Queensland state and local general government capital expenditures increased 13% in March quarter, rising to $2.79 billion, helping Queensland to record 0.5% growth in State Final Demand, the second highest growth rate in Australia (second to Tasmania with 0.7%). Part of the increase in state and local capital expenditure was probably related to recovery from the floods in North Queensland earlier this year. Queensland’s State Final Demand increase of 0.5% was higher than increases of 0.4% in NSW and 0.2% in Victoria, according to the latest ABS National Accounts estimates, which have been widely reported as showing a sluggish Australian economy. My former Treasury colleague John Kehoe, now a Senior Writer at the AFR, sums it up nicely in his article Soft GDP needs consumer pick up:
Government spending and resources exports are keeping Australia afloat, but domestically the rest of the economy is pretty soft.
One of the problems the Australian economy is facing is the property market bust. We have seen falls in dwelling investment, and also in commissions for real estate agents and stamp duty, which are picked up in “Ownership transfer costs”. Queensland, luckily, never experienced the huge property boom that occurred in southern states, so we have managed to avoid much of the pain from the bust. While there was over-investment in inner city apartments, the state’s population growth has helped absorb any excess supply, and dwelling investment now appears to be picking itself up and is contributing to economic growth once more (see chart below). Both investments in new dwellings and in alterations and additions to existing dwellings increased in March quarter. Partly, increases in dwelling investment could be related to recovery from the floods, but I suspect that would only be a small part of the story.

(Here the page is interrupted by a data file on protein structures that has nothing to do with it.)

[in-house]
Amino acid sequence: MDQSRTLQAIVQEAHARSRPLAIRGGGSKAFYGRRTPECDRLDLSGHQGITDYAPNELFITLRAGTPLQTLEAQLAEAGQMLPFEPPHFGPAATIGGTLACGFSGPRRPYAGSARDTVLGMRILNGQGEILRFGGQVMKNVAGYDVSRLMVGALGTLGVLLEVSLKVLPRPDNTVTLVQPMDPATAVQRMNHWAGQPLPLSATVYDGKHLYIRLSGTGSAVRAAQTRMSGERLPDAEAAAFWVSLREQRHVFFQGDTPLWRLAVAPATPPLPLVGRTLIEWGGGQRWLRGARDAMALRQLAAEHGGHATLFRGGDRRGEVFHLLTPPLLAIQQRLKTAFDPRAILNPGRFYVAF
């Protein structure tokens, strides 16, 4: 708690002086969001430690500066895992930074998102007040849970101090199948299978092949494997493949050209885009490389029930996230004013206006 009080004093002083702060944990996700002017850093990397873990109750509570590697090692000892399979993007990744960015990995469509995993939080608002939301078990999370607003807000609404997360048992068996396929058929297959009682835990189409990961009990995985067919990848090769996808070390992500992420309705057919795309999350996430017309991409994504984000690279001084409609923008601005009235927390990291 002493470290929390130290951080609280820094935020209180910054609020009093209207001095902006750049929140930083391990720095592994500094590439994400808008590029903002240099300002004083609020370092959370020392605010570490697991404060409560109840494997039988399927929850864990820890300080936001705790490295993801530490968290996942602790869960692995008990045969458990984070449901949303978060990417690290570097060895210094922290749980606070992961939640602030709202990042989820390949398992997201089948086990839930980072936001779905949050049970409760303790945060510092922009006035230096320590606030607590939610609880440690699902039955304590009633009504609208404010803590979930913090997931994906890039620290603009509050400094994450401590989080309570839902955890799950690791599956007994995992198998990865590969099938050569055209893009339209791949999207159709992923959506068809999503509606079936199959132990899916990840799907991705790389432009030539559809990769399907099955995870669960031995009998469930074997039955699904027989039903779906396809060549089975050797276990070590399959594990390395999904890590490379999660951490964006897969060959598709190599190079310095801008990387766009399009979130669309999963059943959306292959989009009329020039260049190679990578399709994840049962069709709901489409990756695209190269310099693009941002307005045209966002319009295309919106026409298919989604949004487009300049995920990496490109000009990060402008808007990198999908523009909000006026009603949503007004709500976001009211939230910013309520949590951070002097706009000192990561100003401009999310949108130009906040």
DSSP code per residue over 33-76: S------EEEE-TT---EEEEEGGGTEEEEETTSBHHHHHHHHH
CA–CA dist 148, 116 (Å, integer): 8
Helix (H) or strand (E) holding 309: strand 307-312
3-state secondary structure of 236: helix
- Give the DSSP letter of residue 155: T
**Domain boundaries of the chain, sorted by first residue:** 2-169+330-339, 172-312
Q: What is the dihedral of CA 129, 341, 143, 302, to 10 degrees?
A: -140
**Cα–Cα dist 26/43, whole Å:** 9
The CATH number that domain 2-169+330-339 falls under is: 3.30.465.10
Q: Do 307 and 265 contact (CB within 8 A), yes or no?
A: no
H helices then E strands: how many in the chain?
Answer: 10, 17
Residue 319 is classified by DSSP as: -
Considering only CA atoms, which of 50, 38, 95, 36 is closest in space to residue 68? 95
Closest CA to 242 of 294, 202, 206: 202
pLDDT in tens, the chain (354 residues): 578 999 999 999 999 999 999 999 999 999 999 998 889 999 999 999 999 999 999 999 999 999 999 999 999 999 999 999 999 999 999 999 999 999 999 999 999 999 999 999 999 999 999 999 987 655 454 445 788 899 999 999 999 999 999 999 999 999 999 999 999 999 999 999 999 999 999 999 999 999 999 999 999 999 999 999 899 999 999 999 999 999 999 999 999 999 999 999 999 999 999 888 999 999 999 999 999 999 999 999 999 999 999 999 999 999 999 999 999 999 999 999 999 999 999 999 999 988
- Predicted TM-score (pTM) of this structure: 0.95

While the dwelling investment story is an encouraging one for Queensland, we aren’t seeing any growth in capital spending by businesses (see the chart below), and indeed business investment fell 0.6% in the March quarter. Once again, the Queensland economy is demonstrating it is too reliant on government spending and population-growth-induced housing construction. The state government should review the full suite of its policy and regulatory settings that could be inhibiting business investment. I feel the issue is a broader one than simply the alleged opposition of some members of Cabinet and the bureaucracy to the Adani Carmichael mine.
For other commentary on the ABS National Accounts figures from Queensland econ-bloggers, see:
Pete Faulkner’s post GDP slows again in Q1-Qld relying on the public sector
Nick Behrens’s post Qld’s domestic economic activity-March quarter 2019